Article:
racial
justice
fellowship 

OUR PROCESS

The Racial Justice Fellowship was established in collaboration with the Ada Lovelace Institute, with support from the AHRC, and in response to the peripheral position of racial-justice aspects in data and AI ethics research. The Fellowship was designed to connect and fund individuals locating and filling this gap in ethical thinking. 

 

An open invitation was made to anyone with relevant research, policy experience, or applicable creative skills, who wanted to explore the interlocking and contested issues of data, AI, Blackness, and racial justice through a research or creative project. 

 

Applicants were asked to propose work that would develop anti-racist and decolonial perspectives on data and AI, address structural and systemic inequalities, and shape the field by investigating ethics in new ways while foregrounding overlooked scholars and perspectives. They additionally submitted a CV that evidenced their relevant experience and expertise without any minimum academic requirements. 

 

The request for submissions inspired 98 project proposals from academic and policy researchers and creative practitioners. The Commissioning Board, composed of a diverse group of members, including leading BIPOC scholars and practitioners in academia, industry, and the arts, met to review the quality of the applications and the potential impact of applicants’ work during the course of their six-month fellowship. The selection process sought to balance an assessment of the qualities of the proposed project and the qualities of the person applying, reward potential and emerging talent (rather than previous recipients of funding or recognition), and help redress historical imbalances resulting in the underrepresentation of people from racialized communities and backgrounds in public-facing research, creative, and policy roles.  

 

Four fellowships were appointed to the programme’s first cohort of five fellows each awarded up to £10,000. The fellows chosen were selected based on the commission criteria which also considered how the synergies between their projects would build capacity for interdisciplinary work addressing racial justice in the field of data and AI ethics.

 

The JUST AI team supported the fellows in designing and delivering their projects by structuring regular conversations with their peers and advisors. The fellows also gained affiliation with the Ada Lovelace Institute for the duration of the program, which provided additional opportunities for interdisciplinary research, policy, and practice.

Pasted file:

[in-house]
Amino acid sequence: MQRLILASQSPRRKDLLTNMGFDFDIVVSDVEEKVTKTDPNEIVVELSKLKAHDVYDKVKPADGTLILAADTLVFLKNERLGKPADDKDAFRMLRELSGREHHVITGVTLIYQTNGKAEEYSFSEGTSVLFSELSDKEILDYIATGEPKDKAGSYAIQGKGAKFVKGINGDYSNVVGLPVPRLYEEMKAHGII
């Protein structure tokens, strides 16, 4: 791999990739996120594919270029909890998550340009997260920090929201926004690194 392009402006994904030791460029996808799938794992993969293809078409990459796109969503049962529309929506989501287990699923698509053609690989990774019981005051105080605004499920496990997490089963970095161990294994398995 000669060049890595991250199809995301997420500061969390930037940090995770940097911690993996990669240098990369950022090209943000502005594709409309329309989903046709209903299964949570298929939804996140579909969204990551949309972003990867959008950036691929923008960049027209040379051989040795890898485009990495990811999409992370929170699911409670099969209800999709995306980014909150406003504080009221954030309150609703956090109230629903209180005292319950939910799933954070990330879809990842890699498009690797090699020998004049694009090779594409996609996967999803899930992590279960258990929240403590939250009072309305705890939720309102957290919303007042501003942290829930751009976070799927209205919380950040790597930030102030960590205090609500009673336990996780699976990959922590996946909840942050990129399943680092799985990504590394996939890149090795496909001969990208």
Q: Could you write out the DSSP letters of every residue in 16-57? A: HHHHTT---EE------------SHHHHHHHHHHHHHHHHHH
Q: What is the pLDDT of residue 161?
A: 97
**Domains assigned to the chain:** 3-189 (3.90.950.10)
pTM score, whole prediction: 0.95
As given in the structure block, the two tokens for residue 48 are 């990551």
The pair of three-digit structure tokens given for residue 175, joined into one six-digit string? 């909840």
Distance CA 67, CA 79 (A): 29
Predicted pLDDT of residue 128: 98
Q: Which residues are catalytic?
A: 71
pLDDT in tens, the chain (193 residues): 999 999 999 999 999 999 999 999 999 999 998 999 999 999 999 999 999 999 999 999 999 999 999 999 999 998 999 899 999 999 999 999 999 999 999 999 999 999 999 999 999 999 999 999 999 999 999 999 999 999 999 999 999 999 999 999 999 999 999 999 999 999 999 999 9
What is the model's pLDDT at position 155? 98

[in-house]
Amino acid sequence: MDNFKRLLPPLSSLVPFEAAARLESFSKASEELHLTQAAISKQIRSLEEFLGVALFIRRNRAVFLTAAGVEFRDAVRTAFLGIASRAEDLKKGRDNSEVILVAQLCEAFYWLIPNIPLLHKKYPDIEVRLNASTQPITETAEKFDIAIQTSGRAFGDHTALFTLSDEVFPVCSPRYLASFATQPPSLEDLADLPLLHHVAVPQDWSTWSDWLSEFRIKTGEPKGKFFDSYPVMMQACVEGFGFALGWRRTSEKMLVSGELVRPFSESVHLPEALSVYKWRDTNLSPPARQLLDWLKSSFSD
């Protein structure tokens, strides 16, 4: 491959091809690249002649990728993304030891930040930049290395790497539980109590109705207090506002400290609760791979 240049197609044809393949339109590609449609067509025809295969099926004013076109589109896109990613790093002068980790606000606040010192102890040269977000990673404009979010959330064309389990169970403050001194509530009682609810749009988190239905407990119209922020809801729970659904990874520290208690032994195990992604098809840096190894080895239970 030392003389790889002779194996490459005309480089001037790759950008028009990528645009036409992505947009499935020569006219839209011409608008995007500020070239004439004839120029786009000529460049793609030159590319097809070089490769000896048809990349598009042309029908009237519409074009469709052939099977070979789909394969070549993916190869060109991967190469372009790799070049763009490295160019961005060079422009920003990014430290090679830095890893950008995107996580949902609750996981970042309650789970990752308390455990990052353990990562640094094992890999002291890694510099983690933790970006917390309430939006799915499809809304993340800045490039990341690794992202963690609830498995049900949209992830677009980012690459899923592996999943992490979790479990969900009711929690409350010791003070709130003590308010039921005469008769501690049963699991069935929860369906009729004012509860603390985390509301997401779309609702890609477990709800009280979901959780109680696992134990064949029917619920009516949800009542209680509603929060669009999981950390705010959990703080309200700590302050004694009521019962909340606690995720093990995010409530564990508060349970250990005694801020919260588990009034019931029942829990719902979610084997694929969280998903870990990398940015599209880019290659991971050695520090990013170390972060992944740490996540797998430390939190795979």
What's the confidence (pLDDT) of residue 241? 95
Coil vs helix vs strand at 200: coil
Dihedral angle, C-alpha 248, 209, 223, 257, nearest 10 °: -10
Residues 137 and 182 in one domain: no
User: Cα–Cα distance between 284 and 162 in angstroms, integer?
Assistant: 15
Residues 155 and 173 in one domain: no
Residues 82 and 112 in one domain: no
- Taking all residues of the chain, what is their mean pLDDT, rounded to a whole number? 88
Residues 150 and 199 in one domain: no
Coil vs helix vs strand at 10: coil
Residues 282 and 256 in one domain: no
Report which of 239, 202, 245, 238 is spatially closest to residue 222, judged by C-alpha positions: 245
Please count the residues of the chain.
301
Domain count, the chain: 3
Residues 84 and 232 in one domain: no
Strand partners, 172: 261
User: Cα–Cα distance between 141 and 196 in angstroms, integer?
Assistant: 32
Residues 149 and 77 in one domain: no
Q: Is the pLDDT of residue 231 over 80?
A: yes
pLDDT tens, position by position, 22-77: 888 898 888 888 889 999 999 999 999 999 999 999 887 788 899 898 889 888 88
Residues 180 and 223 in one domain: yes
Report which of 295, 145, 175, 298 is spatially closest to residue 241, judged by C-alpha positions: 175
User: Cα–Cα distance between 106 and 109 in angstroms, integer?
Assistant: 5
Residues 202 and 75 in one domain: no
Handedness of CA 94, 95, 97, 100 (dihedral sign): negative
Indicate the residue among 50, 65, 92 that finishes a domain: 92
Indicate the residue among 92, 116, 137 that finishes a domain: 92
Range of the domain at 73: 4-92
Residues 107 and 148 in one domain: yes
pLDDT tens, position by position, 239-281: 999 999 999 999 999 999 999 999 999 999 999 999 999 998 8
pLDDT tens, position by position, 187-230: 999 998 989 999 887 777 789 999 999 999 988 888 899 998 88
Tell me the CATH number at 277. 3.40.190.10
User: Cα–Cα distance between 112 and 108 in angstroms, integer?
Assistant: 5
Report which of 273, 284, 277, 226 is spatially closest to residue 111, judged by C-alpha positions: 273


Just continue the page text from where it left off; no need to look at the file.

Fellows showcased their projects and contributed to ongoing conversations around data and AI ethics with reflective essays and presentations during the JUST AI series. 

Learnings from this pilot project will contribute to a greater understanding of challenges and approaches to funding and hosting fellowship programs within the Ada Lovelace Institute and in the broader data and AI research and funding community as it continues to develop across the UK and globally.

OUR FELLOWS

Yasmine Boudiaf

creative technologist and researcher

 

Yasmine’s project proposed a radical ethical data practice framework. The output was a constantly evolving collaborative online space – a ‘Living Document’ – that came out of a collaboration between groups of people who have resisted traditionally extractive practices, and which they can continue to contribute to.

Dr Irene Fubara-Manuel

researcher and creative practitioner

 

Irene’s project proposed ethnographic and participatory action research to explore possibilities for decolonial and anti-racist alternatives to migration algorithms. The project aimed to move the focus of streaming tools, used in applying for UK visas, away from automating a ‘hostile environment’ and towards reimagining a fair and welcoming UK for all migrants, irrespective of background.

Dr. Erinma Ochu, neuroscientist, filmmaker, and curator

Caroline Ward, designer and researcher

collectively Squirrel Nation

Squirrel Nation proposed a creative project that would re-enact the 1956 Dartmouth AI study which comprised a decolonising AI reading group and gatherings in which key texts and concepts were read aloud collectively, discussed, recorded and creatively edited into a ceremonial, multimedia piece.

Sarah Devi Chander

racial justice and digital rights policy

Sarah’s project synthesised the policy development strand of the Fellowship and delineated the most pervasive issues in UK data and AI policy in relation to racial justice.

RESOURCE LIST

 VIDEOS 

 ESSAYS